A Mandarin Corner YouTube video describes "3 Things Chinese Like about Foreigners". One sentence from this dialogue is the following:

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Shǒuxiān wǒ juédé wàiguórén yǒu shíhòu tài guòyú kāifàng.

Which I translate (directly) to:

First, I feel foreigners are sometimes too excessively open.

What's confusing me is the use of both:

  • (tài) = too, and
  • 过于 (guòyú) = excessively

It seems like one of these is redundant.

Question: Why do both 太 and 过于 occur in this sentence?

  • 1
    similarly 只不过 #2911!
    – user6065
    Commented Apr 4, 2018 at 4:48
  • 过 + adj, 过于 + adj, enhanced version: 太过 + adj or 太过于 + adj. 于 is used for conjunction only, it does not have any meanings.
    – xenophōn
    Commented Apr 4, 2018 at 13:05
  • 过高 and 过于高 have same meaning
    – xenophōn
    Commented Apr 4, 2018 at 13:07
  • This is just too too. Commented Apr 4, 2018 at 17:01

5 Answers 5


I'm going to convert my comments into an answer to offer another POV to the already given answer.

太过于 is a set phrase.

KEY defines:



and KEY French defines it:


Perhaps this is similar to English usage of too + overly. It's a phrase we often use in English too. A quick google search gives me results like: too overly complex, too overly dependent and too overly ambitious - seems to be about the same logic.

ICIBA also defines it as:

too much

giving examples:

  1. She's too protective towards her children; she should let them be more independent.

她对孩子太过于爱护, 她应当给他们更多的独立性.

  1. Cheese, like oil, makes too much of itself.

乳酪, 如同石油一样, 太过于引人注目了.

  1. Don't be so quick to judge!


Examples of usage (emphasis is my own):

Sina: 周航:很多时候的焦虑是太过于关注短期的东西


Sina: iOS 12加快淘汰速度,iPhone6确实太过于老旧了!!

而今天,还需要给大家再次强调,如今都已经是3月份了,如果按照苹果的更新速度,很快将会在秋季之前发布最新的iOS 12系统,这无疑会加快淘汰的速度,因为iPhone6太过于老旧了。

Google Books: 道解《黄帝内经》(上、下)


and the kicker:

Google Books: 遇见成功的自己


  • 太过 or 过于 can replace 太过于 in all the examples in your answer. 太过于 might had became a set phrase because too many Chinese mixed 太过 and 过于 together like that guy in YouTube
    – Tang Ho
    Commented Apr 4, 2018 at 4:09
  • @TangHo Yeah, a lot of words mean things they didn't used to an vice versa. I think in this case it's already become a set phrase in usage.
    – Mou某
    Commented Apr 4, 2018 at 4:11
  • 2
    "too overly" sounds very wrong to me as an English speaker. "Too complex" or "overly complex" is fine, but not "too overly complex".
    – JBentley
    Commented Apr 4, 2018 at 10:54
  • @JBentley Perhaps it’s a regional thing then, I remember hearing it often enough myself. Verbatim results for "too overly" on google come up to: 174,000 google.com.sg/…
    – Mou某
    Commented Apr 4, 2018 at 12:06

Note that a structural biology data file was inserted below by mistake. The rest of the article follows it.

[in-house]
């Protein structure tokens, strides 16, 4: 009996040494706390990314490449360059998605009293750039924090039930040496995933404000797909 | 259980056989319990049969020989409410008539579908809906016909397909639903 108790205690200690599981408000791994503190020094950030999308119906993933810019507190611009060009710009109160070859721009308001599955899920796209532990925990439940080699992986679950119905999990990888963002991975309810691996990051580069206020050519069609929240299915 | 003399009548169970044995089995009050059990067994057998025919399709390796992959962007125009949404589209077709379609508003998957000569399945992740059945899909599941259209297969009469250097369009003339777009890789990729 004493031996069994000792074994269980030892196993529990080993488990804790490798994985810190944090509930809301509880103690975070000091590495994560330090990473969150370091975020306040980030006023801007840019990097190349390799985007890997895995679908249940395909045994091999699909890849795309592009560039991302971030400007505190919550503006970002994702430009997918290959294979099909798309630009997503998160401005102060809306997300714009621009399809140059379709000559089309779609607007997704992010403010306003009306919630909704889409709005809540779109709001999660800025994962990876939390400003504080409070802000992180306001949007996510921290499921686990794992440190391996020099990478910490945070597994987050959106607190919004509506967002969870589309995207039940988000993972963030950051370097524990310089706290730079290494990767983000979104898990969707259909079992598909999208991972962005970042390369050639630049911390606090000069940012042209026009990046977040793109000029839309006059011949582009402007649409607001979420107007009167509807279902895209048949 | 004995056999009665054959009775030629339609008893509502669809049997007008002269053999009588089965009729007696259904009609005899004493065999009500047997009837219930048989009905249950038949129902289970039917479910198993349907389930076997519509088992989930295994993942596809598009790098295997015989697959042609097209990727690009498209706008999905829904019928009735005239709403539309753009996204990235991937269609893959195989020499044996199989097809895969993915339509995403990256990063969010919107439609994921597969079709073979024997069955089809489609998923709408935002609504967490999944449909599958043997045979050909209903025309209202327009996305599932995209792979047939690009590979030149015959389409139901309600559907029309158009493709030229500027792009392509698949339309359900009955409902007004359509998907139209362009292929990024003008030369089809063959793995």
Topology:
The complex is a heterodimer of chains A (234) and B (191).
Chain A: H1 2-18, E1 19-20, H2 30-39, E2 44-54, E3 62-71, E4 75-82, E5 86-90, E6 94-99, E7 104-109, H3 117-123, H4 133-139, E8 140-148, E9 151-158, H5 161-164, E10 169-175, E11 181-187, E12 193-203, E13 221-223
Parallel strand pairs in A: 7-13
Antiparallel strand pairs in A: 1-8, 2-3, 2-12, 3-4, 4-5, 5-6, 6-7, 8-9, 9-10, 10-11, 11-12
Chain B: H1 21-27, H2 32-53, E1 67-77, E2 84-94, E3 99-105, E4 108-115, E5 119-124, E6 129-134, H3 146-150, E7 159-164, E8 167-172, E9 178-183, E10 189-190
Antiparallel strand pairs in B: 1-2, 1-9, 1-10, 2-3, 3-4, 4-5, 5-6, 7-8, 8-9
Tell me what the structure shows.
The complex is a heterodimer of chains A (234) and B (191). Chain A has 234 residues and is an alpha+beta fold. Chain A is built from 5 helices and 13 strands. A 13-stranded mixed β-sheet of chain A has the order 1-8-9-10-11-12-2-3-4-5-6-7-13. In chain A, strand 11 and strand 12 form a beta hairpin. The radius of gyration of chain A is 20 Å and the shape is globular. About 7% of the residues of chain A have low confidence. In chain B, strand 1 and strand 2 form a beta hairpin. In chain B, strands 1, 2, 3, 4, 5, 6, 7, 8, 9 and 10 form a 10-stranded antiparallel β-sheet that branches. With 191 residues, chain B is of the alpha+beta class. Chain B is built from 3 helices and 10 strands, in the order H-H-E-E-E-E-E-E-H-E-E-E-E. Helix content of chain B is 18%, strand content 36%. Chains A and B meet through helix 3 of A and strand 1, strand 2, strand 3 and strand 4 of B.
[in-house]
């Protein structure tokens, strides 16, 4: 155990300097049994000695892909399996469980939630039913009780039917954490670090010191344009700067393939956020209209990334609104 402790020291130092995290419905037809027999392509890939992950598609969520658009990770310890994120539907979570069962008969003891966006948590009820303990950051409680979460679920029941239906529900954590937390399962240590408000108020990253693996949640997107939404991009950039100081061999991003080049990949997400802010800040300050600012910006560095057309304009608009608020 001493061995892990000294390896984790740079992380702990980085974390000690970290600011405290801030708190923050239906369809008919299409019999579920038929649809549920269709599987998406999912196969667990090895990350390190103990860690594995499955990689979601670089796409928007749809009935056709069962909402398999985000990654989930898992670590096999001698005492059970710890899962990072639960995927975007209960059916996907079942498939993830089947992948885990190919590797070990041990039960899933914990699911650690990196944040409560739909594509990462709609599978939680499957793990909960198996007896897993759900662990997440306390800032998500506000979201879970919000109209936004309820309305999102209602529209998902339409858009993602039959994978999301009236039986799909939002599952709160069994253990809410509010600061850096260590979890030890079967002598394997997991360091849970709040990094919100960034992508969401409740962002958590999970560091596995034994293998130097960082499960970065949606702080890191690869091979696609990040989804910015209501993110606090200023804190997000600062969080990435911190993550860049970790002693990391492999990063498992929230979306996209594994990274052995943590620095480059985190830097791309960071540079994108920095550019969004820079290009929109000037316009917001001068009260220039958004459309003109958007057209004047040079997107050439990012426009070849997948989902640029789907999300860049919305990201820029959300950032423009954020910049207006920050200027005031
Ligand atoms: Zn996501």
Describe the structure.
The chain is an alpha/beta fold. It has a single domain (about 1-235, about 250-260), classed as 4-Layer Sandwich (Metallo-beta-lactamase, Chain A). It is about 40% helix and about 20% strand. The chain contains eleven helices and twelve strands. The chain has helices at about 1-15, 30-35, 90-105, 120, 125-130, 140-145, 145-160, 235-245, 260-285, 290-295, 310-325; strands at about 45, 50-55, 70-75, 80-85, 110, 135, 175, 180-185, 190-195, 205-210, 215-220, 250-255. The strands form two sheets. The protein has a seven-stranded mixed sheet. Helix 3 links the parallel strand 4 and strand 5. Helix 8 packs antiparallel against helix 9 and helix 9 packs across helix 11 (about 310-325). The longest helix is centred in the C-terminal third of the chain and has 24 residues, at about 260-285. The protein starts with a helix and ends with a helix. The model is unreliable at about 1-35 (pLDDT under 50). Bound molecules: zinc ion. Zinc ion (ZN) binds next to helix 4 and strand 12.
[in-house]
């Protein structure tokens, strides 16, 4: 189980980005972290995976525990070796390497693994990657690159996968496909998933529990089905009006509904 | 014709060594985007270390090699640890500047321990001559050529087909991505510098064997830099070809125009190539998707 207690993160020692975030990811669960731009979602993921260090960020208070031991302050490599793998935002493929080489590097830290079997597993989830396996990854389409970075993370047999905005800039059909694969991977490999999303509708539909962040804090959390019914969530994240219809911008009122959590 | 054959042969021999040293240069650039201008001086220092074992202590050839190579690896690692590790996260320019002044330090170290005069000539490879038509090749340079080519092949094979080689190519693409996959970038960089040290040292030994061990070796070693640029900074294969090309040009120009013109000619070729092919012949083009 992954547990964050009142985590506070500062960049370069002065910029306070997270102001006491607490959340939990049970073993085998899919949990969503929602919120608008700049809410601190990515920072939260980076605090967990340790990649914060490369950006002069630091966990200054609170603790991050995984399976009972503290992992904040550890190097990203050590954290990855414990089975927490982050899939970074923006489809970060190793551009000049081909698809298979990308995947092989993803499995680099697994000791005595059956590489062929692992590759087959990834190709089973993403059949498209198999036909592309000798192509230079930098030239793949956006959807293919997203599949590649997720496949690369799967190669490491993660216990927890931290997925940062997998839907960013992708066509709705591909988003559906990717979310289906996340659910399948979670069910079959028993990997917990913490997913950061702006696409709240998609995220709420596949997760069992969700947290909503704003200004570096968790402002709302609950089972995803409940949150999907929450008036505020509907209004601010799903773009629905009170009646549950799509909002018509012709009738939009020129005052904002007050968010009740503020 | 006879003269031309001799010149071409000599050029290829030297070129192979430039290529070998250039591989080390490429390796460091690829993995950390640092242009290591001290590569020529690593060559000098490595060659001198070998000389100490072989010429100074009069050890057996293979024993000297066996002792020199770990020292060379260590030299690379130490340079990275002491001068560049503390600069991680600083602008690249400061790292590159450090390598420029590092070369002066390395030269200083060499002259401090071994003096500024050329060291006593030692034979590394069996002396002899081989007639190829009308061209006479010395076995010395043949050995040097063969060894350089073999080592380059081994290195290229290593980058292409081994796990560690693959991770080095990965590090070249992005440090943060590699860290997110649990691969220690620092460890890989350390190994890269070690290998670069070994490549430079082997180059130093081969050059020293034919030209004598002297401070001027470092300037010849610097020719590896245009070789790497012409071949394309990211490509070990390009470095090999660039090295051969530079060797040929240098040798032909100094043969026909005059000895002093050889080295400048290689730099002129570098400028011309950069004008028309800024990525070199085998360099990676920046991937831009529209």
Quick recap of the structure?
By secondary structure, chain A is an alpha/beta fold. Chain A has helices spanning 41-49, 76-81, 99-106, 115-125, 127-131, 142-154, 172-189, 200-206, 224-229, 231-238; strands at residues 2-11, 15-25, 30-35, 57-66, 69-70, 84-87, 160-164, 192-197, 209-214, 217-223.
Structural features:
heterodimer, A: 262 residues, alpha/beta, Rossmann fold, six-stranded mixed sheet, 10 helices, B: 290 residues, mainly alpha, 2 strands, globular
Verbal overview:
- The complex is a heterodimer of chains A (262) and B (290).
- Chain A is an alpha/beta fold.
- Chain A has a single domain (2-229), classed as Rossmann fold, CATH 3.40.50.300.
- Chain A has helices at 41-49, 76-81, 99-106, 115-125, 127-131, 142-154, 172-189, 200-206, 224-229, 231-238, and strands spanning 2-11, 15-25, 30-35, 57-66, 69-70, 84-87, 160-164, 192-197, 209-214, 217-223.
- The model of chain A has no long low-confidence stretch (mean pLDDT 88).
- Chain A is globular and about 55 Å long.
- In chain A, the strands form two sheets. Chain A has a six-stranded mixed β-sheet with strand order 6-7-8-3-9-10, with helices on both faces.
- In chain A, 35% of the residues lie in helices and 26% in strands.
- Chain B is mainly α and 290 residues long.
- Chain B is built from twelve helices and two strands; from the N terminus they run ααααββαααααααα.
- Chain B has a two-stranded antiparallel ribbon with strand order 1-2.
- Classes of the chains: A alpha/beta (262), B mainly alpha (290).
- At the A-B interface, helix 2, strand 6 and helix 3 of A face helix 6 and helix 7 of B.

• Google n-grams does show some results for "too overly", but they're much lower than the surroundings. It probably is a regional dialectal thing.
    – Schism
    Commented Apr 4, 2018 at 21:14

价格太高 may refer to something cost too much or unaffordable, and 价格过高/价格过于昂贵 may refer to something unworthy.

太开放 probably means they are too open that you can't take it personally.

过于开放 means they are so open that in some aspect, it may be bad for themselves. The people who are supposedly open may or may not care, but it changes many things that breaks the usually logic of the implied aspect, or assumed common sense, that the opinion of the person who say that about what would usually work may fail in this case.

太过于开放 means it could be too bad for themselves, or it is bad for themselves in too many aspects, or something is much more likely to fail or more difficult to fix.

The 3 terms are more different in the case about prices. One may consider something unaffordable but still want to buy it, where you can't say 过高, and consider something else cheap but still not as useful as how it costs, where it probably invite some discussions if you say 太高. Still, in many cases one can be implied from another, unless the context says otherwise.

In the cases about something like openness, it's not unusual for someone to mix them up completely. 太过于开放 surely does NOT mean "it might be not that bad, but it is at least not for me". Actually, "it is too bad", but without watching the video it's not sure whether "I can't take it, fix it, ignore it or have a workaround" is implied, or whether he even notice this distinction.


This usage is conversational, you wouldn't see it in writing. Unless, of course, the writing is trying for a conversational tone. Presumably the speaker started with "太..." but felt that wasn't strong enough and added the 过于.

Grammatically, there's the difference that 太 is (just) an adverb and 过于 is more like a verb. To represent the sentence in English, you could write something like:

Foreigners are overdoing (过于) being open (开放) way too much (太)

Which isn't exactly correct usage, but does sound like something a young person might say.

I'd like to note that 过于 can't normally be translated as "overdoing", it's just the closest verb in English. The reason I say it's verb-like is because 过 is a verb, and the structure works out like this:

过 (surpass) 于 (compared to)

This structure is inherited from an older stage of Chinese grammar.


In this sentence, the speaker can choose 太过 (overly/ excessively) or 过于(overly/ excessively).

Instead of just pick one adverb, that guy mixed the two together

首先我觉外国人过于开放 and 首先我觉外国人太过开放 express the same meaning for the sentence. No need to write "太过于"


太过于 vs 过于, the extent is different. 太过于 denotes larger extent.


过于: overly

太过于: much overly

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